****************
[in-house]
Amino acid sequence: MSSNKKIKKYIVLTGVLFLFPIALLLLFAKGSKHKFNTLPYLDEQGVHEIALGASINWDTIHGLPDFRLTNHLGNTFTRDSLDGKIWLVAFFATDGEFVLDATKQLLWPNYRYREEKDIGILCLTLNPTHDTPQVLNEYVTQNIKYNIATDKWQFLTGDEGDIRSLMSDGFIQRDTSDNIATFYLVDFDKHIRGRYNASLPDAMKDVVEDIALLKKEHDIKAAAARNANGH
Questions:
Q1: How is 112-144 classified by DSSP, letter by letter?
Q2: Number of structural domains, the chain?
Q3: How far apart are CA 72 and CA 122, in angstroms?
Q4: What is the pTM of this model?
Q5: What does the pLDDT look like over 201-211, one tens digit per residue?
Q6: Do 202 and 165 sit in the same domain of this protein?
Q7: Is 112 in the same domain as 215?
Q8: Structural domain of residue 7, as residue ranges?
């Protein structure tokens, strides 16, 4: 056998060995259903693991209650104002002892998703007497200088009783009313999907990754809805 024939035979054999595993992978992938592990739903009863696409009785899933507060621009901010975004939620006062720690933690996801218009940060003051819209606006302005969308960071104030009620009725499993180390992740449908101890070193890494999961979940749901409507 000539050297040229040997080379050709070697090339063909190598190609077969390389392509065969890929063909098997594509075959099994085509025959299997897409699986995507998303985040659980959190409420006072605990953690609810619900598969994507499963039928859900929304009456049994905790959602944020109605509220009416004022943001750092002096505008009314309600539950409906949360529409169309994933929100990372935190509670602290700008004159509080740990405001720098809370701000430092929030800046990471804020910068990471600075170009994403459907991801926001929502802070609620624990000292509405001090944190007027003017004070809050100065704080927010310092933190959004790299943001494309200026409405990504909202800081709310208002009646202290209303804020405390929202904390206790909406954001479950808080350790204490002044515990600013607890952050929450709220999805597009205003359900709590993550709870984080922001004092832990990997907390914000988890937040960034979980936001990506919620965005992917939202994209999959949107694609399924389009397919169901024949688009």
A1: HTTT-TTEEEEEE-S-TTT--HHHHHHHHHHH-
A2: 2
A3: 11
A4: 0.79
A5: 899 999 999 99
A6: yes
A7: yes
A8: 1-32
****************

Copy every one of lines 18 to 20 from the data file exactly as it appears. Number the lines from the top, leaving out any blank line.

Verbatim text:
A6: yes
A7: yes
A8: 1-32